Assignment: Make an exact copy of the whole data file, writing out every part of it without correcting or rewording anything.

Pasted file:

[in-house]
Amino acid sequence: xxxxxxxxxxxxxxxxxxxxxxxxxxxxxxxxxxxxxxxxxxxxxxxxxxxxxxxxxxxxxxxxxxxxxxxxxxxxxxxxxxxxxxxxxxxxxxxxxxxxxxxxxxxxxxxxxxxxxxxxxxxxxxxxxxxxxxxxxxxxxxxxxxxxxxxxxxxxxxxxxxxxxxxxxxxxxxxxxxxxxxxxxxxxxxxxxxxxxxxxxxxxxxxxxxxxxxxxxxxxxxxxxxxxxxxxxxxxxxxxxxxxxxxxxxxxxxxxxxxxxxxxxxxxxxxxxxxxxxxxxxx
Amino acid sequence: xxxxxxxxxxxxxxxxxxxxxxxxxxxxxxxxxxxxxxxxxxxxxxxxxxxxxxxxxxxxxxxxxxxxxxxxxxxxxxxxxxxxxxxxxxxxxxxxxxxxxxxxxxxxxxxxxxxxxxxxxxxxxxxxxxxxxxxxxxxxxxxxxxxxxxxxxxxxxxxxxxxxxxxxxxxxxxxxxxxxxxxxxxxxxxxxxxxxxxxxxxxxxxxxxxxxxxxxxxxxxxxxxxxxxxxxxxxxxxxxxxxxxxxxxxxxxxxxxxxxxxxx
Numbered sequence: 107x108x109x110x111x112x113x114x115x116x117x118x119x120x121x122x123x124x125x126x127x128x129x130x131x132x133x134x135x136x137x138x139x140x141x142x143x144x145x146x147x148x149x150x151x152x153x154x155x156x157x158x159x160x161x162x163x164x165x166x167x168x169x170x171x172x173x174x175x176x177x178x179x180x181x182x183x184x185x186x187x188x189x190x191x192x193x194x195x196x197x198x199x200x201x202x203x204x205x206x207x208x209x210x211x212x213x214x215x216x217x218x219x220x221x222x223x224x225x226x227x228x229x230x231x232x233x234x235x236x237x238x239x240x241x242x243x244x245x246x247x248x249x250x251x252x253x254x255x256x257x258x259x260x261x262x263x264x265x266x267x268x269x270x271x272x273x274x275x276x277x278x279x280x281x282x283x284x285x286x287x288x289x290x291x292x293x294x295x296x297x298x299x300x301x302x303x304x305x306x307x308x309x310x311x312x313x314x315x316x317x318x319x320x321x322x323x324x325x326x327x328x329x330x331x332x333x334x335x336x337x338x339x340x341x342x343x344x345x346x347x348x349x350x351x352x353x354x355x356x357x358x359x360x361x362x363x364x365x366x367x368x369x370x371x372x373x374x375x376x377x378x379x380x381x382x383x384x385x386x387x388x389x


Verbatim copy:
[in-house]
Amino acid sequence: xxxxxxxxxxxxxxxxxxxxxxxxxxxxxxxxxxxxxxxxxxxxxxxxxxxxxxxxxxxxxxxxxxxxxxxxxxxxxxxxxxxxxxxxxxxxxxxxxxxxxxxxxxxxxxxxxxxxxxxxxxxxxxxxxxxxxxxxxxxxxxxxxxxxxxxxxxxxxxxxxxxxxxxxxxxxxxxxxxxxxxxxxxxxxxxxxxxxxxxxxxxxxxxxxxxxxxxxxxxxxxxxxxxxxxxxxxxxxxxxxxxxxxxxxxxxxxxxxxxxxxxxxxxxxxxxxxxxxxxxxxx
Amino acid sequence: xxxxxxxxxxxxxxxxxxxxxxxxxxxxxxxxxxxxxxxxxxxxxxxxxxxxxxxxxxxxxxxxxxxxxxxxxxxxxxxxxxxxxxxxxxxxxxxxxxxxxxxxxxxxxxxxxxxxxxxxxxxxxxxxxxxxxxxxxxxxxxxxxxxxxxxxxxxxxxxxxxxxxxxxxxxxxxxxxxxxxxxxxxxxxxxxxxxxxxxxxxxxxxxxxxxxxxxxxxxxxxxxxxxxxxxxxxxxxxxxxxxxxxxxxxxxxxxxxxxxxxxx
Numbered sequence: 107x108x109x110x111x112x113x114x115x116x117x118x119x120x121x122x123x124x125x126x127x128x129x130x131x132x133x134x135x136x137x138x139x140x141x142x143x144x145x146x147x148x149x150x151x152x153x154x155x156x157x158x159x160x161x162x163x164x165x166x167x168x169x170x171x172x173x174x175x176x177x178x179x180x181x182x183x184x185x186x187x188x189x190x191x192x193x194x195x196x197x198x199x200x201x202x203x204x205x206x207x208x209x210x211x212x213x214x215x216x217x218x219x220x221x222x223x224x225x226x227x228x229x230x231x232x233x234x235x236x237x238x239x240x241x242x243x244x245x246x247x248x249x250x251x252x253x254x255x256x257x258x259x260x261x262x263x264x265x266x267x268x269x270x271x272x273x274x275x276x277x278x279x280x281x282x283x284x285x286x287x288x289x290x291x292x293x294x295x296x297x298x299x300x301x302x303x304x305x306x307x308x309x310x311x312x313x314x315x316x317x318x319x320x321x322x323x324x325x326x327x328x329x330x331x332x333x334x335x336x337x338x339x340x341x342x343x344x345x346x347x348x349x350x351x352x353x354x355x356x357x358x359x360x361x362x363x364x365x366x367x368x369x370x371x372x373x374x375x376x377x378x379x380x381x382x383x384x385x386x387x388x389x